استفاده از روش فازی رگرسیون خطی برای معیار بهره وری انرژی ساختمان های تجاری
|کد مقاله||سال انتشار||مقاله انگلیسی||ترجمه فارسی||تعداد کلمات|
|24612||2012||5 صفحه PDF||سفارش دهید||3950 کلمه|
Publisher : Elsevier - Science Direct (الزویر - ساینس دایرکت)
Journal : Applied Energy, Volume 95, July 2012, Pages 45–49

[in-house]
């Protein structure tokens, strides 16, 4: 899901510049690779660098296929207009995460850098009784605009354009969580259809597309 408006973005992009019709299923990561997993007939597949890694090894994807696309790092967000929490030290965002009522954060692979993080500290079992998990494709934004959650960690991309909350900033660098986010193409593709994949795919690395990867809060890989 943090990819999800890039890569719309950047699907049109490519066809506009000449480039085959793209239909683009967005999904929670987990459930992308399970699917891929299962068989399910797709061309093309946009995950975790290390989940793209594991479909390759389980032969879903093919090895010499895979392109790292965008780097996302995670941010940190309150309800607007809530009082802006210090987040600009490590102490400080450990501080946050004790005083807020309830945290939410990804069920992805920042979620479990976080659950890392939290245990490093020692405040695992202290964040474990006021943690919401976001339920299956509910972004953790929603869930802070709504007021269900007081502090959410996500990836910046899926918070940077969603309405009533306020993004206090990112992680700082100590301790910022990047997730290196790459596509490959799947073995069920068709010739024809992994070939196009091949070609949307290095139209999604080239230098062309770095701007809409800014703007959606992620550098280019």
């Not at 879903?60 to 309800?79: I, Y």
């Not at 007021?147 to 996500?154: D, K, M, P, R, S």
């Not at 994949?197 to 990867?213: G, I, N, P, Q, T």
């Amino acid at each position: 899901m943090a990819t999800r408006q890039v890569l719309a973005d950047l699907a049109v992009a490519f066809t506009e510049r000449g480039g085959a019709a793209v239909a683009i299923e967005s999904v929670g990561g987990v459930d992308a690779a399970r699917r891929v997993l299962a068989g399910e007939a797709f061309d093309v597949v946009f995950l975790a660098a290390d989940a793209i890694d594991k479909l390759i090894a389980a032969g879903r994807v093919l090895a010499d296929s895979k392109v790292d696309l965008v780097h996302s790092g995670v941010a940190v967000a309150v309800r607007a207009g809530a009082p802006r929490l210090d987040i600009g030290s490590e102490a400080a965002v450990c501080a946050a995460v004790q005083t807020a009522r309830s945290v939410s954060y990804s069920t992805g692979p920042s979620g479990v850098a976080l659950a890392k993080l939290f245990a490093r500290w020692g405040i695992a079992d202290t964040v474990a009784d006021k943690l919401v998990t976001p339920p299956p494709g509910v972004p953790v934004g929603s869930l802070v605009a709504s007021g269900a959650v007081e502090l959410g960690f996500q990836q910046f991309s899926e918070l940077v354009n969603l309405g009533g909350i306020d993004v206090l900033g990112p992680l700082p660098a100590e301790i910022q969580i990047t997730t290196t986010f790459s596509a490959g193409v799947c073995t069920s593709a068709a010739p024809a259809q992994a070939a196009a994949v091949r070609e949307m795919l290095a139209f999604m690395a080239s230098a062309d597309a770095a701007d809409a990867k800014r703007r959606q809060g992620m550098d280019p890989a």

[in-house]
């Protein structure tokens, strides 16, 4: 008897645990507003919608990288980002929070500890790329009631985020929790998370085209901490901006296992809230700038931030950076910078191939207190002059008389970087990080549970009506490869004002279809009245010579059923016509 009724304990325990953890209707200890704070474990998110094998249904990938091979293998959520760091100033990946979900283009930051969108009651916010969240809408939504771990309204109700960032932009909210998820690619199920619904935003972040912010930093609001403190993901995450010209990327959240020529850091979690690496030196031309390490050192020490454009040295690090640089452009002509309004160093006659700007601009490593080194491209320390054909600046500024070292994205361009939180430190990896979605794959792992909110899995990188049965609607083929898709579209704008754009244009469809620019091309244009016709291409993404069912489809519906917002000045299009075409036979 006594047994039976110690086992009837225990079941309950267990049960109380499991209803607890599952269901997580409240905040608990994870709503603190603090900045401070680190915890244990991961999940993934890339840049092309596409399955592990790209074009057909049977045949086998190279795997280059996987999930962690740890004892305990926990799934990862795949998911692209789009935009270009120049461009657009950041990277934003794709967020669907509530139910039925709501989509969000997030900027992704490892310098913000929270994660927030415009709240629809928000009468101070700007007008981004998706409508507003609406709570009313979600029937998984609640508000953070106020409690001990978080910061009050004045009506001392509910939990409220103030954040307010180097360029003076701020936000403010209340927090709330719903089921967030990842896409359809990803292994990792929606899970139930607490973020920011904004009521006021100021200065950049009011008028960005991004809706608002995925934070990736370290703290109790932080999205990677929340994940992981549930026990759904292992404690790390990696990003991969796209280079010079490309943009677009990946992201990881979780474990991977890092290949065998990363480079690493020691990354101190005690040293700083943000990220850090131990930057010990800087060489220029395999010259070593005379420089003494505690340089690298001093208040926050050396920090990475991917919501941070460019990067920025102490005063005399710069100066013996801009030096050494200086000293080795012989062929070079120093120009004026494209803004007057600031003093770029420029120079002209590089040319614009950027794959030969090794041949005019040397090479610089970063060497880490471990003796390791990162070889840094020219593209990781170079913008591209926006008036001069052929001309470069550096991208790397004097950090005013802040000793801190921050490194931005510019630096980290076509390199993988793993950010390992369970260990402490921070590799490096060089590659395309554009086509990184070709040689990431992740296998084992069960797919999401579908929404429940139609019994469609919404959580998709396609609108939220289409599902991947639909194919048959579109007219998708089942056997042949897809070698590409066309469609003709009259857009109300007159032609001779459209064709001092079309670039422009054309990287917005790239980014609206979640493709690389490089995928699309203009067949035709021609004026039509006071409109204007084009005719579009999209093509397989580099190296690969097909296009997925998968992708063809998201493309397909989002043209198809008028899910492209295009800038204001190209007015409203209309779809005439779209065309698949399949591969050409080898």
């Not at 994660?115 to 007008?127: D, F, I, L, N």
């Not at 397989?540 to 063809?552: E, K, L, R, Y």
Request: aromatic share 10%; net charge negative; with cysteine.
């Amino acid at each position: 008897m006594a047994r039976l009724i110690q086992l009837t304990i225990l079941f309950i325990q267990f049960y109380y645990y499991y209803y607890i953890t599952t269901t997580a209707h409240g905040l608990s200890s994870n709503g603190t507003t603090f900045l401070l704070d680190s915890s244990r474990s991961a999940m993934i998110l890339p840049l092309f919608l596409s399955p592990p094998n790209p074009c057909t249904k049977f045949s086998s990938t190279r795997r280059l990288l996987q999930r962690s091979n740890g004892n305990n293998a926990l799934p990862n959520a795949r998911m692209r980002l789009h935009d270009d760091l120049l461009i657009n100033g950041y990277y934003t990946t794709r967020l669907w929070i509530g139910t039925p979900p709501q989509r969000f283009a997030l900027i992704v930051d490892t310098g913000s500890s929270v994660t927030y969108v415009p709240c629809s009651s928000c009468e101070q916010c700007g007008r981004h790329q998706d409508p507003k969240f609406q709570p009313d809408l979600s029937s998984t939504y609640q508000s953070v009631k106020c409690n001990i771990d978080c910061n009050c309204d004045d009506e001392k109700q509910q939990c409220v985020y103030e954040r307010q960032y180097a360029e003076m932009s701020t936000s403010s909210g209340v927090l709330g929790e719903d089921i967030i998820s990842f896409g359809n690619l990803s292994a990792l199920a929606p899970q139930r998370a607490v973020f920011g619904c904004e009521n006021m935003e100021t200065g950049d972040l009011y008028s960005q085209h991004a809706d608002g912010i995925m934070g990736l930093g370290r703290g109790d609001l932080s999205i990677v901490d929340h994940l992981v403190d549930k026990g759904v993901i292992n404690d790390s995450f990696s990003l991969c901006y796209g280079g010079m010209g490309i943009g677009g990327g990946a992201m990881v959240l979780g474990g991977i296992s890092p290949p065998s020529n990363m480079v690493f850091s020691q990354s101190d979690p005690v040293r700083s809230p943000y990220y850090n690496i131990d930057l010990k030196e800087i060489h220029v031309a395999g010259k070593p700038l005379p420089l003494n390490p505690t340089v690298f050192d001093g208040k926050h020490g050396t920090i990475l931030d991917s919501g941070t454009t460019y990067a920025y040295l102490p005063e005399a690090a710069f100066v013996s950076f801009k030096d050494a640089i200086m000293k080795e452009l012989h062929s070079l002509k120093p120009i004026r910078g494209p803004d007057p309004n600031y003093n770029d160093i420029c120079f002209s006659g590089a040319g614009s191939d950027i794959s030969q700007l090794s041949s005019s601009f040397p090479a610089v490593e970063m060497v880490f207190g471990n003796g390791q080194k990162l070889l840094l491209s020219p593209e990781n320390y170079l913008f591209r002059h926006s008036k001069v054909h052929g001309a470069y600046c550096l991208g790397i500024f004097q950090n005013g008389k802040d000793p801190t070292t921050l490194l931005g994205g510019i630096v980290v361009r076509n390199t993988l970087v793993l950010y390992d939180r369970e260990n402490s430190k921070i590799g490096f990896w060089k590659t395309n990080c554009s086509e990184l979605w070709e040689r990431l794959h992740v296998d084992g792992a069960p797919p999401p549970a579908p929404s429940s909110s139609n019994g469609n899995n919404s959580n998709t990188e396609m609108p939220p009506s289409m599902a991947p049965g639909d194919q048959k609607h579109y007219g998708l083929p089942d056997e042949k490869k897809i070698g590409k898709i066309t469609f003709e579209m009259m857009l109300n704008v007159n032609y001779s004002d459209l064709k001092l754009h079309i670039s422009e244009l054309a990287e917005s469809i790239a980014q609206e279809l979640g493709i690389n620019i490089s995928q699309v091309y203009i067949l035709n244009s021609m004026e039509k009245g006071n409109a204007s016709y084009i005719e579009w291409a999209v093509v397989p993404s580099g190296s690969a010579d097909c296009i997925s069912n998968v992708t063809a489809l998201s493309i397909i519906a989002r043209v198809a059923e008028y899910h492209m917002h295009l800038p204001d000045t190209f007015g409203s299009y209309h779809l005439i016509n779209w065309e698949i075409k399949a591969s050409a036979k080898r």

Benchmarking systems from a sample of reference buildings need to be developed to conduct benchmarking processes for the energy efficiency of commercial buildings. However, not all benchmarking systems can be adopted by public users (i.e., other non-reference building owners) because of the different methods in developing such systems. An approach for benchmarking the energy efficiency of commercial buildings using statistical regression analysis to normalize other factors, such as management performance, was developed in a previous work. However, the field data given by experts can be regarded as a distribution of possibility. Thus, the previous work may not be adequate to handle such fuzzy input–output data. Consequently, a number of fuzzy structures cannot be fully captured by statistical regression analysis. This present paper proposes the use of fuzzy linear regression analysis to develop a benchmarking process, the resulting model of which can be used by public users. An illustrative example is given as well.